Nothing is foolproof to a sufficiently talented fool.

Monday, November 21, 2005

Sidney Crosby through the eyes of the Russian media

Lookin' Out Forever

The following article appeared today in Sport Express, and refers to the Nov. 15th game between the Penguins and the Flyers:

...The fans of the Flyers, perhaps, are the least sane group out of all the American teams in the NHL. It is fresh in the memory how one worthy representative of the "City of Brotherly Love" climbed into the Toronto bench in order to fight Maple Leafs forward Tie Domi. Judging by the recent match between Philadelphia and Pittsburgh, it may still be possible to place Sidney Crosby as one of the new favorites among the fans of the black and orange. But there is still much for the young Canadian and Rookie-of-the-Year candidate to overcome before that happens.

The game in Philadelphia at first illustrated all of those doubts, but only at first. In the last 20 minutes, Crosby emphatically removed those doubts. The eternal "love" of the local Philadelphia fans might have served to rattle Crosby in the first two periods. After taking a stick end to the lip, the talented youth reacted strongly by shouting at the officials (finally earning an unsportsmanlike penalty), acting out his injury, and losing his composure. It reached a point where every time Crosby touched the puck, it was accompanied by the deafening boos of inhospitable Philadelphians. But nevertheless, Crosby is a true talent. Having the skill to succeed under difficulty is the mark of a star. In the third period Sidney suddenly regained himself, shook his arms, and led the Penguins to victory. He scored a goal, then set up another with a beautiful assist, and sealed the victory with a breakaway goal in overtime.

Comparisons to Alexander Ovechkin at this stage in the career of both players are premature, but judged on his own, Sidney looks powerful, and holds the official endorsement of the press in contrast to Alexander. Perhaps this is due in some part to the influence of Lemieux.

After the Philadelphia match, Sport Express had a talk with the "super-rookie".


For a rookie, there is probably no better way to make your claim than a goal in overtime. Would you agree?
For sure, the main thing is to win. But this is the best way to bring the team a victory. I had just barely jumped onto the ice when I took an outstanding pass from behind the line. Once I entered the zone, I looked to take my shot. It isn't always a good idea to carry the puck in past the circles, because by overtime the ice is very chopped up.

So you were able to exact revenge for being struck by the stick at the beginning of the match.
Anytime something like that happens, it's nice to be able to respond. But to take it upon myself to retaliate for sticks or fights isn't my duty. What is important is to do whatever I can in order for the team to earn two points.

But you still did react to the rough play of the other team, did you not?
Well, yes. The first time I took a stick, the referee didn't react. Then on the following shift, it happened again, and again nothing. This angered me, of course, though I probably shouldn't have yelled at the ref and given the other team the man advantage. My emotions took over, but I hope this won't become a habit.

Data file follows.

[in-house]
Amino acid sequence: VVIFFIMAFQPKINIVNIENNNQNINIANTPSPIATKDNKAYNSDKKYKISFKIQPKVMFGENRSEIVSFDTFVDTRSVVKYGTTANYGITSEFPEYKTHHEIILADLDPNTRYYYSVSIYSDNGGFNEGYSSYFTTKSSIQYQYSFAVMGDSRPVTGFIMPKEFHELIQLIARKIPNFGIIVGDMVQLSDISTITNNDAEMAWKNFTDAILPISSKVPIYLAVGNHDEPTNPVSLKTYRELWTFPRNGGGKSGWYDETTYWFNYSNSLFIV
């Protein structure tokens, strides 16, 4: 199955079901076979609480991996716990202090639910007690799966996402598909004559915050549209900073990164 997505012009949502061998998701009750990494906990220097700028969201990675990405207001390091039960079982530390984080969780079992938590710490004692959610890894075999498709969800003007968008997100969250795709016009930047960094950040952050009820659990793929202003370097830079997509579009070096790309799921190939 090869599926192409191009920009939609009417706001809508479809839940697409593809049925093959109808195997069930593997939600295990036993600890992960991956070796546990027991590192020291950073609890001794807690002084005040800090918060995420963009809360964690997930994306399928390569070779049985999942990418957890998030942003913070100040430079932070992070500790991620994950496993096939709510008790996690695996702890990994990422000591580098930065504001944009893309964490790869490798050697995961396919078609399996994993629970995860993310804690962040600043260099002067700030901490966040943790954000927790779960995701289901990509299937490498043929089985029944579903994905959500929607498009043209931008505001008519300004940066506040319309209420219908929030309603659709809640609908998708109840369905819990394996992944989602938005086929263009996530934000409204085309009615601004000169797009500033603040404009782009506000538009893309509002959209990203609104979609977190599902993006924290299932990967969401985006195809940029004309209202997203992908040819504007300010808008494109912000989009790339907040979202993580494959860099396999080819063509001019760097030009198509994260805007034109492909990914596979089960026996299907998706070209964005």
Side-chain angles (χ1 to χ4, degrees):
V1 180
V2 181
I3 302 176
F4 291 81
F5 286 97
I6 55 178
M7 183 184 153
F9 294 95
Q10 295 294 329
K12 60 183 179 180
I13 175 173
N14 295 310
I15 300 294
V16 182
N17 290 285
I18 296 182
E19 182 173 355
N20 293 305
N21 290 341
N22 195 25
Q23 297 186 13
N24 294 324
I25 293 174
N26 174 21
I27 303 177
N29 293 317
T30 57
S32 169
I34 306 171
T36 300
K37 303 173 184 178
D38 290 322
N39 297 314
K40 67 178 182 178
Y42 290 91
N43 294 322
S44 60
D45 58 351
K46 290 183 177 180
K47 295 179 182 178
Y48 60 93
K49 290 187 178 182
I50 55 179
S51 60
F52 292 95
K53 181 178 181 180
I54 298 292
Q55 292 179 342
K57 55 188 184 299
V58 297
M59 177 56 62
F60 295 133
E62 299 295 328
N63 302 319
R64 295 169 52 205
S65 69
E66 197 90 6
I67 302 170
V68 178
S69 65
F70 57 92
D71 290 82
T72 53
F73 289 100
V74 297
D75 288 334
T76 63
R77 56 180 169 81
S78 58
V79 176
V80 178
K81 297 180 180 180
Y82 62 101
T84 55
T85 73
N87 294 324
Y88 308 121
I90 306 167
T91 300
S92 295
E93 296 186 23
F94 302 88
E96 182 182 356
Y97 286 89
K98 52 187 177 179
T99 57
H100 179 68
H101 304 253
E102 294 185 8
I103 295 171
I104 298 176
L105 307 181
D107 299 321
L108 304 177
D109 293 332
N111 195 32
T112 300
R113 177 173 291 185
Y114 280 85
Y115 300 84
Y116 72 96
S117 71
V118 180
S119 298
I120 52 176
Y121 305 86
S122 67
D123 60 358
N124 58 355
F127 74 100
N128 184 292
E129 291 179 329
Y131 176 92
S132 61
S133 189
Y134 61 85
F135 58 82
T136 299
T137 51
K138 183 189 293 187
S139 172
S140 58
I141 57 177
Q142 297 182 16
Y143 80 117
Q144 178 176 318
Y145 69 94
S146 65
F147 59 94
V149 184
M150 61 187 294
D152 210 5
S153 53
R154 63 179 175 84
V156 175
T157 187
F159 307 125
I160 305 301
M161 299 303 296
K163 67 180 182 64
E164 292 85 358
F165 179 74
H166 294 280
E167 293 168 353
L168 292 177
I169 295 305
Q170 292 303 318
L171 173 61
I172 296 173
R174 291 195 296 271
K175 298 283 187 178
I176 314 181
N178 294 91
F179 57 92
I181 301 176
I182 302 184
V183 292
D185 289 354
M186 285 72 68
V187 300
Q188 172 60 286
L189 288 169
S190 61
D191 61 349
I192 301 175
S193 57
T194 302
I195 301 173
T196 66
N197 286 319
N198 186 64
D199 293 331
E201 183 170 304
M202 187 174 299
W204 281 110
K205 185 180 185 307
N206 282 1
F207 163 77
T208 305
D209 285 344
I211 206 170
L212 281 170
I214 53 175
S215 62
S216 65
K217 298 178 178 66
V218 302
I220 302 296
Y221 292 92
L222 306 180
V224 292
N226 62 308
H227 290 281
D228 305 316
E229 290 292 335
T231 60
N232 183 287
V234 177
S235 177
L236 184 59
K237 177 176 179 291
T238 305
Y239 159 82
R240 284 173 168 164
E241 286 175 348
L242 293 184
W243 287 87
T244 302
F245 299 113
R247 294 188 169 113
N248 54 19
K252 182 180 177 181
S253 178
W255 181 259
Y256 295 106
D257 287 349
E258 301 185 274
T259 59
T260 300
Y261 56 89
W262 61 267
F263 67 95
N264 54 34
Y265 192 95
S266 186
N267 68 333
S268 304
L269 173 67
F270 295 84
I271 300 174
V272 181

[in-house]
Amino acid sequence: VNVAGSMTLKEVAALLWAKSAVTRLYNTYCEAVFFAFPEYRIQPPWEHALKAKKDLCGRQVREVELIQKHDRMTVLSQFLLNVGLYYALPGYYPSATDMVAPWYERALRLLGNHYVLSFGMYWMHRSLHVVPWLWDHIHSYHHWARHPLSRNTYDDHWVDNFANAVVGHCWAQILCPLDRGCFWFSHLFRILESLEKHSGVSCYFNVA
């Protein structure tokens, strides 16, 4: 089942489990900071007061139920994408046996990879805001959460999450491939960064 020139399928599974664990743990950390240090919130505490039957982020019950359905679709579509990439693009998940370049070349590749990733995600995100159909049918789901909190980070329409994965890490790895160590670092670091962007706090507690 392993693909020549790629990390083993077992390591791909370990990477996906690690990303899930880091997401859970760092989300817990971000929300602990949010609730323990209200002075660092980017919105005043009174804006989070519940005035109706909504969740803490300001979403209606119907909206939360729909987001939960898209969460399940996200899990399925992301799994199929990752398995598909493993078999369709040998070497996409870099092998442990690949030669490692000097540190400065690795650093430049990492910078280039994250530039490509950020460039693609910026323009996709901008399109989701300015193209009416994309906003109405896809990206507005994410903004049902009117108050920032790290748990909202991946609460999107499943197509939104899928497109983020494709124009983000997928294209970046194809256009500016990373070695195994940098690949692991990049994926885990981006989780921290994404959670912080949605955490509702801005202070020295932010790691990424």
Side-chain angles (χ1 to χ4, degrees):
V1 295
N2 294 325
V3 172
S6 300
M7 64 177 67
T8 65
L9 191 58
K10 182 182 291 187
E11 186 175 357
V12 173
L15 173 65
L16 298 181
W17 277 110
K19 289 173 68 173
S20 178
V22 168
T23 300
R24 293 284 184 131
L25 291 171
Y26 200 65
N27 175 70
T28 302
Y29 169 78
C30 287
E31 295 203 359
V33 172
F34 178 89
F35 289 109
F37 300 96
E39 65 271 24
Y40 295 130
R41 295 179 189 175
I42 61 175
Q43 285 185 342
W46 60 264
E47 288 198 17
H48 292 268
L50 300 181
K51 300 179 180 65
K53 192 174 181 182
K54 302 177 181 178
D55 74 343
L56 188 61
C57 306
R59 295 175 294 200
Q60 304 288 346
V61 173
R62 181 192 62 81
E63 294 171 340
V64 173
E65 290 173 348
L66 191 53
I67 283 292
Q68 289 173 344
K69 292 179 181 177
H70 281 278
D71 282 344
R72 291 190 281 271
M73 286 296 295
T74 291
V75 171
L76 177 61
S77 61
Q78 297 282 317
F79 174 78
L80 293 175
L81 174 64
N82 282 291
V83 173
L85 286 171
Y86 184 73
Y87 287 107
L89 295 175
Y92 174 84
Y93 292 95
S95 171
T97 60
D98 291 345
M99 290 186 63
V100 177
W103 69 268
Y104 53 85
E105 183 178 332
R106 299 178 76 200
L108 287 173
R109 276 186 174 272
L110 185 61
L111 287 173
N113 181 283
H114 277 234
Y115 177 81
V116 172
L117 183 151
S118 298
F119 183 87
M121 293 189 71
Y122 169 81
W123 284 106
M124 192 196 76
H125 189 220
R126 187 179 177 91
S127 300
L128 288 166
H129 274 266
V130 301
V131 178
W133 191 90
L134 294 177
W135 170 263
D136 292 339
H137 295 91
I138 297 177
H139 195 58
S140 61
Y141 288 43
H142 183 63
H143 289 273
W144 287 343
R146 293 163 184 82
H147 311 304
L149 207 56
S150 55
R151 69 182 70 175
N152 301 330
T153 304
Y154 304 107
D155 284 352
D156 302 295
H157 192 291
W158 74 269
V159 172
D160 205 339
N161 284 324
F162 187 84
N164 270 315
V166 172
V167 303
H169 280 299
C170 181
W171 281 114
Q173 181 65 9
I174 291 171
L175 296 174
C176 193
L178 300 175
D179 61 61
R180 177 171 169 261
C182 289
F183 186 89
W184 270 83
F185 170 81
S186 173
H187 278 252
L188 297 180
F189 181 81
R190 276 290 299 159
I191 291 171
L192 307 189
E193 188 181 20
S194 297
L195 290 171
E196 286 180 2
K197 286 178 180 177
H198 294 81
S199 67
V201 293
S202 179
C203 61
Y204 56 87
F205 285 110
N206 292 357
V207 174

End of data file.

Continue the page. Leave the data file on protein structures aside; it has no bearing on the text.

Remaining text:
Apparently, your chances for the "Lady Byng" trophy are finished.
I think so, yes. A long time ago.

Do they frequently try to provoke you by rough tactics?
They try, but I don't know if this is directed at me personally. This is what defensemen do with most forwards who drive the net.

In each game, you are given special attention, from both the press and the rival team. Do you not feel psychological pressure?
I cannot change my game, no matter how much they beat on me during the game. It is necessary for me to play the way that I know how. If I become distracted by any extra tactics from the other team, they gain the advantage, which is exactly what they want. My last two seasons in the junior league, there were also many journalists and rival players on my heels. I've already learned to concentrate on my own game.

Did you feel being the object of the fans in Philadelphia?
Already, yes. Home wins are much more pleasant. On the road, you celebrate only with your teammates. Wins on the road are more important, so it becomes necessary to get used to the schedule.

You are a skilled technical hockey player, yet you knew how to respond to the power game of Philadelphia. You don't have a problem, when it becomes necessary to push back?
I would not say that power hockey does not leave a place for technique. Simply, in this game they angered me, and I knew how to turn my anger into a positive result.

Can you comment on the race for the Calder Trophy? Is it already said that your chief competitor is Alexander Ovechkin?
I am not totally concerned with the battle for this trophy. In any case, we have only played 20 games, so we are very far away from it being awarded. I don't generally pay attention to the comparisons with Ovechkin. What occurs outside of my team doesn't concern me. Everyone says that he is an excellent player, but my main concern is helping Pittsburgh to win games.

(At the bottom of the article, there is a comparison: Crosby, 21 games - Ovechkin, 20. Crosby, 10 goals - Ovechkin, 15. Crosby, 15 assists - Ovechkin, 6. Crosby, 25 points - Ovechkin, 21. Crosby, -6 - Ovechkin, -3, and so forth.)